This moving and deceptively simple story, a melancholy tale shot through with glimmers of joy, beauty, and gentle wit, is an understated masterpiece by the first great writer of modern Japan. read more...
A humble clerk and his loving wife scrape out a quiet existence on the margins of late-Meiji Tokyo. Resigned, following years of exile and misfortune, to the bitter consequences of having married without their families' consent, and unable to have children of their own, Sosuke and Oyone find the delicate equilibrium of their household upset by a new obligation to meet the educational expenses of S?suke's brash younger brother. While an unlikely new friendship appears to offer a way out of this bind, it also soon threatens to dredge up a past that could once again force them to flee the capital. Desperate and torn, Sosuke finally resolves to travel to a remote Zen mountain monastery to see if perhaps there, through meditation, he can find a way out of his predicament. This moving and deceptively simple story, a melancholy tale shot through with glimmers of joy, beauty, and gentle wit, is an understated masterpiece by the first great writer of modern Japan. At the end of his life, Natsume Soseki declared The Gate, originally published in 1910, to be his favorite among all his novels. This new translation at last captures the original's oblique grace and also corrects numerous errors and omissions that marred the first English version. short..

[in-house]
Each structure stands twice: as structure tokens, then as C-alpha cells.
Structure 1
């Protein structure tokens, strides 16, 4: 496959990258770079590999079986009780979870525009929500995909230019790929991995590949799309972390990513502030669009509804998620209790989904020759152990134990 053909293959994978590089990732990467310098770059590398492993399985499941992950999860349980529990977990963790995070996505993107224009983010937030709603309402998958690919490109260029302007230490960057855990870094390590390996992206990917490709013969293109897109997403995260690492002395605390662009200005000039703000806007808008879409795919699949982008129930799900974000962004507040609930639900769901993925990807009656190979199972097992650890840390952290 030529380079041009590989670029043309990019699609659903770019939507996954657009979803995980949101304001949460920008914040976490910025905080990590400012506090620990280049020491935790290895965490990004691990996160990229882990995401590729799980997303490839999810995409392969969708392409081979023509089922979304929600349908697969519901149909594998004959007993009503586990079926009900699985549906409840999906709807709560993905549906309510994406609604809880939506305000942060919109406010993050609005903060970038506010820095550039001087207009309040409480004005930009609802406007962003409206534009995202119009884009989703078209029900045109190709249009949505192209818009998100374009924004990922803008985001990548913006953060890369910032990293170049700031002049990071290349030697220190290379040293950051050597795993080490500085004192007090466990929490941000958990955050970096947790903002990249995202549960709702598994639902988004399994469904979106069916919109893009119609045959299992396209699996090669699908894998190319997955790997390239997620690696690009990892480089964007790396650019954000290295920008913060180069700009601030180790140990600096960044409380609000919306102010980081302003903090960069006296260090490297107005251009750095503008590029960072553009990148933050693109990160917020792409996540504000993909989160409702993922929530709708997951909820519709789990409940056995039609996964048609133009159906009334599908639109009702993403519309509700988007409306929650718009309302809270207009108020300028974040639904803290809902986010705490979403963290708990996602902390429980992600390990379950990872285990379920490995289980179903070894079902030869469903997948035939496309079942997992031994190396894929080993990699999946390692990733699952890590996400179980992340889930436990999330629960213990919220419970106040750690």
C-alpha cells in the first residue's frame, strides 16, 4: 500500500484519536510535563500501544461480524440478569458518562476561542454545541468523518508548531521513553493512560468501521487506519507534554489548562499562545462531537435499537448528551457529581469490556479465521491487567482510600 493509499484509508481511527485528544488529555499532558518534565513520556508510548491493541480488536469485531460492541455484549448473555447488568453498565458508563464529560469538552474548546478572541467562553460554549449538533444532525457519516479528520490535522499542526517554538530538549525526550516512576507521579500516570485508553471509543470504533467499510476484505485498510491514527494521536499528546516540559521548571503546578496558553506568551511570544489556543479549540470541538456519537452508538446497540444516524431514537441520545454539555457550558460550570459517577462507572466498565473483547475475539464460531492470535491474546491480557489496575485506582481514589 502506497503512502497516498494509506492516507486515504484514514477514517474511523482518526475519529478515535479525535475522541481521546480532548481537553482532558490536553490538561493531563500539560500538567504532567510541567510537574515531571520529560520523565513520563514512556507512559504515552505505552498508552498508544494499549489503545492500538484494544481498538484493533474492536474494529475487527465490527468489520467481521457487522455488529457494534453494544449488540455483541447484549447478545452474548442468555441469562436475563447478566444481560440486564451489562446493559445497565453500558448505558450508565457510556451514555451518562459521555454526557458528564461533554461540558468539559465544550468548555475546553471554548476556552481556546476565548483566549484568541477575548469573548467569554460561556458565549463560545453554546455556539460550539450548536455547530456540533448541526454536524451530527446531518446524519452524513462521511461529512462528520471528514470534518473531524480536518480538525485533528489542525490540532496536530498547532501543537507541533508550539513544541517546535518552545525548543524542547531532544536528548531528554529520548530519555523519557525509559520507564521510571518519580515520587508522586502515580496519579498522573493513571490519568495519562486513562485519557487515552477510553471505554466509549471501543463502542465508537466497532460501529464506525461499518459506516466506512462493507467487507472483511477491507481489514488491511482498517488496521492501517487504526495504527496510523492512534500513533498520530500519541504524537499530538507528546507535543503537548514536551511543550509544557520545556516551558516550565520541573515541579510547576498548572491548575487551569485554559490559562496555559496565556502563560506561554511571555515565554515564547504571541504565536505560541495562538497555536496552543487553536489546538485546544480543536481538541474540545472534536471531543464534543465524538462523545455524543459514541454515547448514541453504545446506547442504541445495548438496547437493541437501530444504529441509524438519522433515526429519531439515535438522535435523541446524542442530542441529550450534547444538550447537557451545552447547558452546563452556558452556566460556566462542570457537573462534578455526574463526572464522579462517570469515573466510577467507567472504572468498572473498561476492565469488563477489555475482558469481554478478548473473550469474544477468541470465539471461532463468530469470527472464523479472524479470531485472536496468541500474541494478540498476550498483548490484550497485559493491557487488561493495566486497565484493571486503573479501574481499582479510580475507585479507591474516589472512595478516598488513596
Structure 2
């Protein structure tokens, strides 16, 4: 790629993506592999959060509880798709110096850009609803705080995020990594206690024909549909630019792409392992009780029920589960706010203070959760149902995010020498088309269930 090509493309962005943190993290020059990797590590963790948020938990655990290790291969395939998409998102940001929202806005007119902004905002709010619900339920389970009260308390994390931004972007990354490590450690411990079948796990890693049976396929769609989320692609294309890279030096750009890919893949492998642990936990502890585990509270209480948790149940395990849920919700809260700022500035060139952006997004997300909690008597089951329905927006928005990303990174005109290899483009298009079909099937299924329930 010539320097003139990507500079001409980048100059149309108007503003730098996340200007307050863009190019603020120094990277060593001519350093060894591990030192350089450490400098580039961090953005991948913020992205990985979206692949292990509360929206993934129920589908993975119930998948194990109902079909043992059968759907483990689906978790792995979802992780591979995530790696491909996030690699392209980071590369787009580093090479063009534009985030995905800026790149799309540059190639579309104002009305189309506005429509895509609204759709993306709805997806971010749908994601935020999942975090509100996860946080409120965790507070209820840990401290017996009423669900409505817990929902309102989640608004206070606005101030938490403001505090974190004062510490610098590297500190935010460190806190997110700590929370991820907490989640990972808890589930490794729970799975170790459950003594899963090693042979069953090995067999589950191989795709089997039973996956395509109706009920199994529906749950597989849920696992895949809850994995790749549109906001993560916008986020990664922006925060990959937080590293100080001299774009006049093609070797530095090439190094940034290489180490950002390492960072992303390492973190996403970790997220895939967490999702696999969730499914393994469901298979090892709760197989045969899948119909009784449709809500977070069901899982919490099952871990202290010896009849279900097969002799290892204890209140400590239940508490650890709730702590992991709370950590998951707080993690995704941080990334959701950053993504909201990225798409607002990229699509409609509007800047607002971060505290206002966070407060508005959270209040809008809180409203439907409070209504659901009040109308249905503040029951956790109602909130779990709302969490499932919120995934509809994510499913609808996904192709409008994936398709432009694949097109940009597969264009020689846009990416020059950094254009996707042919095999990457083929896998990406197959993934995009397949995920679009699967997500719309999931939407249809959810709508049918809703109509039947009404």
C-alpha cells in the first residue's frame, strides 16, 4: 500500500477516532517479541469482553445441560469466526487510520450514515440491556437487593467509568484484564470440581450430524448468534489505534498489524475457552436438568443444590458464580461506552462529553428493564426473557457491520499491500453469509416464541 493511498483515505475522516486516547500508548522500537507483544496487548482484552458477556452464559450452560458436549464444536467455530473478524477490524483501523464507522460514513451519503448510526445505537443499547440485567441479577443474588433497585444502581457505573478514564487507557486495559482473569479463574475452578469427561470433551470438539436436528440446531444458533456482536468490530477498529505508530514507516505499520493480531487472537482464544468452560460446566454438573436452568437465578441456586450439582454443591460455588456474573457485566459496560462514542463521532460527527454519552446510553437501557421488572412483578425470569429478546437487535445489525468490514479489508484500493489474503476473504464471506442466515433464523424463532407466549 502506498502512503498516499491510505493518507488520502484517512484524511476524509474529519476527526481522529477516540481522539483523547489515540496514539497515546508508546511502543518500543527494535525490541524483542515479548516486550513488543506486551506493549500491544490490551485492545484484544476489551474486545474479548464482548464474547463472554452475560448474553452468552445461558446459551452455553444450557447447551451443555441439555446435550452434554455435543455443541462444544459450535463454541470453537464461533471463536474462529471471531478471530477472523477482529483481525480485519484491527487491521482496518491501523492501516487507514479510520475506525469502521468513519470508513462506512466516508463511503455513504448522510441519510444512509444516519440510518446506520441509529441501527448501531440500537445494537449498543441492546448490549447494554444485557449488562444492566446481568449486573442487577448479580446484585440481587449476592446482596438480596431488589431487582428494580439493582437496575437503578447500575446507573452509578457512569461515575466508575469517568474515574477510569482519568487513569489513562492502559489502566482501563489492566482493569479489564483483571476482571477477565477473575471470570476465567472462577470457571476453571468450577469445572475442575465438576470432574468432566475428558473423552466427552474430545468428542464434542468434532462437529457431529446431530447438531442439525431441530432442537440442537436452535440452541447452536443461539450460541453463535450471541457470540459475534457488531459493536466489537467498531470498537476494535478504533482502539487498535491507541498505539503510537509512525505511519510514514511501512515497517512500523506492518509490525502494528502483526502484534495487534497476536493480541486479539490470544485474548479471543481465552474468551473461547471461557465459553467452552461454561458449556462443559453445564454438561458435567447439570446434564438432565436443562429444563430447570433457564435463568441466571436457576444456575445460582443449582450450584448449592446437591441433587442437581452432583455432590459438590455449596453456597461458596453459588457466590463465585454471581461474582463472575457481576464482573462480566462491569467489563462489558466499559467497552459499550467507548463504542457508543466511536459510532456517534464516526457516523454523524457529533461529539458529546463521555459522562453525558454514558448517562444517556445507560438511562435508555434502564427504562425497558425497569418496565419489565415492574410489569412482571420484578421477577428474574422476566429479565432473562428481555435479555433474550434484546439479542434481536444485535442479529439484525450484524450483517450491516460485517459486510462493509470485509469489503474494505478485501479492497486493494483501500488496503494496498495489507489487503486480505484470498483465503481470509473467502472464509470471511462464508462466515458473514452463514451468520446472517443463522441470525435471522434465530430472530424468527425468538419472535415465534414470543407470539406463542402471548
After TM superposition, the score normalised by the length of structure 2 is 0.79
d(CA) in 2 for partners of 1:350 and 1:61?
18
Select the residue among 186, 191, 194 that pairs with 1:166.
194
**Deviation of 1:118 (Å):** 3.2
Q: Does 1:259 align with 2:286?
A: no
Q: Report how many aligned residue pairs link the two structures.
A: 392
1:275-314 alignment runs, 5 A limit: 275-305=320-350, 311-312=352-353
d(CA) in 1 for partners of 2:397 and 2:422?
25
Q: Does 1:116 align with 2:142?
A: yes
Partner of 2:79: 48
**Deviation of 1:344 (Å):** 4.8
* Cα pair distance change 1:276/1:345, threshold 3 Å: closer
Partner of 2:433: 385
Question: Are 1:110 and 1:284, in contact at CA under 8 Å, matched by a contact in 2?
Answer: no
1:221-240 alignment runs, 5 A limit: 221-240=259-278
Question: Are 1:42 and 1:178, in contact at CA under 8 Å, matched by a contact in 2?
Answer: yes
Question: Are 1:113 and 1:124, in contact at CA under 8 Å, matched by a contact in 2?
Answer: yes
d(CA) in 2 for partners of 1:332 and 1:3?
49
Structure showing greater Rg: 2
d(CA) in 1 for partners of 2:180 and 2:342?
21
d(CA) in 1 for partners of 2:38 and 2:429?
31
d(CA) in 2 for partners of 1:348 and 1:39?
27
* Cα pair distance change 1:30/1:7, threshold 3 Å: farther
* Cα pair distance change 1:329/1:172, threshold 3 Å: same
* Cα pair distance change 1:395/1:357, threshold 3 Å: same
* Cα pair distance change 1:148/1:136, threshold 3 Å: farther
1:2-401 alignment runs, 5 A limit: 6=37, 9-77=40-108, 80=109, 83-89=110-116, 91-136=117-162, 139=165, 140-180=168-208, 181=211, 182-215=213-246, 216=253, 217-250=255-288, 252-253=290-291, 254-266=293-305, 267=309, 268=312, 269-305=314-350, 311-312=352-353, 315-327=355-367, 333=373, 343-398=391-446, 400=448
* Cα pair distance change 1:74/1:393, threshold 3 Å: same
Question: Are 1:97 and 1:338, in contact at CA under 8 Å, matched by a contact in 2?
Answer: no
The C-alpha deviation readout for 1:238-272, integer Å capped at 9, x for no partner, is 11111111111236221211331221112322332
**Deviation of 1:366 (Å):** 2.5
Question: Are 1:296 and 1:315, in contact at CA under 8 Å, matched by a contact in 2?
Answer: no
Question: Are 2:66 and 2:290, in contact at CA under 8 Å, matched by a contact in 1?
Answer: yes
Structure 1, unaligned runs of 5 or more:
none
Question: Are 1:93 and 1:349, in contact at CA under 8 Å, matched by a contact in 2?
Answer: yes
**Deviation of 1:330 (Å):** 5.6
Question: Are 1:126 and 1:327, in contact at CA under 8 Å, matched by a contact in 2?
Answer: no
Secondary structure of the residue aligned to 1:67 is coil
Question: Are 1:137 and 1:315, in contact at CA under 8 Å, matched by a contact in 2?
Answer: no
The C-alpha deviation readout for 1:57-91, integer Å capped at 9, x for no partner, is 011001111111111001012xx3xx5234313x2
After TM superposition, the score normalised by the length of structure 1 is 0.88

|Publisher||The New York Review of Books, Inc|
|Number of Pages||264|